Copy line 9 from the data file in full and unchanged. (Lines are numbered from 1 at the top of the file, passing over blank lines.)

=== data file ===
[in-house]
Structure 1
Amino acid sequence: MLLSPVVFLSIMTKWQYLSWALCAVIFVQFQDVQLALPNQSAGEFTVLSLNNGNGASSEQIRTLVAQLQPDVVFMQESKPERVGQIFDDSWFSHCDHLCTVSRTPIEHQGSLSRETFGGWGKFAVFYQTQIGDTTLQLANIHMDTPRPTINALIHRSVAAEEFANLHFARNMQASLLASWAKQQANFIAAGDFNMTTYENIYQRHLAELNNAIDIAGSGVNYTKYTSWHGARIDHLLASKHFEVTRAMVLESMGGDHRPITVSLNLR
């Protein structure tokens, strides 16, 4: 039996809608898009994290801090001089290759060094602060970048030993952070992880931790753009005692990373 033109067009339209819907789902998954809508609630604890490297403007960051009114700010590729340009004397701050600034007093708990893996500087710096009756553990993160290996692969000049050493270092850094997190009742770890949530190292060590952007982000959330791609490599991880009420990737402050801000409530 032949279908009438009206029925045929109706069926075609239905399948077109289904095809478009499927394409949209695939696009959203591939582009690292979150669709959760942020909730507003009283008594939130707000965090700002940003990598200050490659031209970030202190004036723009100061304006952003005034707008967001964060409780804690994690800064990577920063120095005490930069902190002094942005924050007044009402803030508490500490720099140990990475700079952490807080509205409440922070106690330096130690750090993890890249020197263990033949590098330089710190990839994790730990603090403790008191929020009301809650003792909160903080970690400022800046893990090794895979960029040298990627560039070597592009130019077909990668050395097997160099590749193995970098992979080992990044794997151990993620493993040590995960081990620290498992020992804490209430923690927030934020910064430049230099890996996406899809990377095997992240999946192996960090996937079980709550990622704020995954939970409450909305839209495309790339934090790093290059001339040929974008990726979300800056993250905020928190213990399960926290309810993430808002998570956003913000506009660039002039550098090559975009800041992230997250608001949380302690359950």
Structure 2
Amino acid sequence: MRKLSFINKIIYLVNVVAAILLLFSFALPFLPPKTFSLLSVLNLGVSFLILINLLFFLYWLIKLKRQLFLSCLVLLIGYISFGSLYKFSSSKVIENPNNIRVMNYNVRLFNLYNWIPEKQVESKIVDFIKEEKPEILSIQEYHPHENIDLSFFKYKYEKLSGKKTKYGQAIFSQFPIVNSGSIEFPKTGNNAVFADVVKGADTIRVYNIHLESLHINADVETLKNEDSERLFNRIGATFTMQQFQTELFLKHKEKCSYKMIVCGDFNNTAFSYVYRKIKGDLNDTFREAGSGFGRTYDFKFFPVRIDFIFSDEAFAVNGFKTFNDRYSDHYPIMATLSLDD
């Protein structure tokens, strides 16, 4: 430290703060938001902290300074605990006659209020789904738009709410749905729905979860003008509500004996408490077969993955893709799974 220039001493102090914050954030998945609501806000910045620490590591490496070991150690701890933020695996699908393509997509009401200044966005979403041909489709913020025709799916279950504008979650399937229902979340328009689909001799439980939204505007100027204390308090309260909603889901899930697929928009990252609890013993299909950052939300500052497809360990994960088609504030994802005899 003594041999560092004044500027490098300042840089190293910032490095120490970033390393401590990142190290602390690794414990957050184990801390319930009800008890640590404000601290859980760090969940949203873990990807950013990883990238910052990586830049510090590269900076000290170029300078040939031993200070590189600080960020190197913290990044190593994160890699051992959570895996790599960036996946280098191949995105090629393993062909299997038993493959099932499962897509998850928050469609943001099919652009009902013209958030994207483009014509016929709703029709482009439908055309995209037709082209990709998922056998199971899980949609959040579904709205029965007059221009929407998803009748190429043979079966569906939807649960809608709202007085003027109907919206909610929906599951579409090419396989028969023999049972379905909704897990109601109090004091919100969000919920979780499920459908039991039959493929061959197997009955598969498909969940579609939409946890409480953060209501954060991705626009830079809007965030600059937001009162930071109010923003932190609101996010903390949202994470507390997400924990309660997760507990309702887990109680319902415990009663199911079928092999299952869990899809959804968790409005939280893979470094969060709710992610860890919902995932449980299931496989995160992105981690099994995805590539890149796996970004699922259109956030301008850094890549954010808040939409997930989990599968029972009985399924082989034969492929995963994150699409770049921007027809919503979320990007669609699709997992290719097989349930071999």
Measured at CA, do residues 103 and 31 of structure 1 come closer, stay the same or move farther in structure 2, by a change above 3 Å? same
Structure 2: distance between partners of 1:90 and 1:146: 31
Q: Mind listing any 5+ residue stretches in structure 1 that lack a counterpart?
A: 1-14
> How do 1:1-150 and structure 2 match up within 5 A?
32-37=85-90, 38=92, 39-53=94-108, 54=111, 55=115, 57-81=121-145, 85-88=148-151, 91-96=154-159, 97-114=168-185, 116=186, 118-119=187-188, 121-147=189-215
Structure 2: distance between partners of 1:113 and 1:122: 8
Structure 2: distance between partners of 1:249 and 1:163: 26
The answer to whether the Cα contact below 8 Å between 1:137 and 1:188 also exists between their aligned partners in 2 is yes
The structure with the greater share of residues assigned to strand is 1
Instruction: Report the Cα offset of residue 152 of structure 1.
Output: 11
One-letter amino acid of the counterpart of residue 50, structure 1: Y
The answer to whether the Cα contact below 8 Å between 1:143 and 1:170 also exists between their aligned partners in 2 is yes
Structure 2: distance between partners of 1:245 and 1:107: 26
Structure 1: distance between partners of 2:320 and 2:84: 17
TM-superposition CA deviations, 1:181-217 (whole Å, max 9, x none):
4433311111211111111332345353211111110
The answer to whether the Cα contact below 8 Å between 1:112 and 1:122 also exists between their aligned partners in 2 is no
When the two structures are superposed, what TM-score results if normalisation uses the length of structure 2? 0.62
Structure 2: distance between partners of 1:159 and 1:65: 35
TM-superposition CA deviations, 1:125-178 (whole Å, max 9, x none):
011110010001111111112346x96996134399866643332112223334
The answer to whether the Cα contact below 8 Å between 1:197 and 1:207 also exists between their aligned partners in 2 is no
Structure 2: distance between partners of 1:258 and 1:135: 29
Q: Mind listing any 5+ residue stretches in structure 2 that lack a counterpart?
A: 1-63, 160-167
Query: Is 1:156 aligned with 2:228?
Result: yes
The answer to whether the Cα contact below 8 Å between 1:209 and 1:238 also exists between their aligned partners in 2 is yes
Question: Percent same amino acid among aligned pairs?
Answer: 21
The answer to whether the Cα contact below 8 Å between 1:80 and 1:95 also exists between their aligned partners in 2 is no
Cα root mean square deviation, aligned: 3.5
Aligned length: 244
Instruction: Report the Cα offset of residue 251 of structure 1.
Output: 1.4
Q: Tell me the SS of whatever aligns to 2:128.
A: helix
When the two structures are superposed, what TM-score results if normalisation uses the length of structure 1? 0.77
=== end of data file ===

Structure 2: distance between partners of 1:90 and 1:146: 31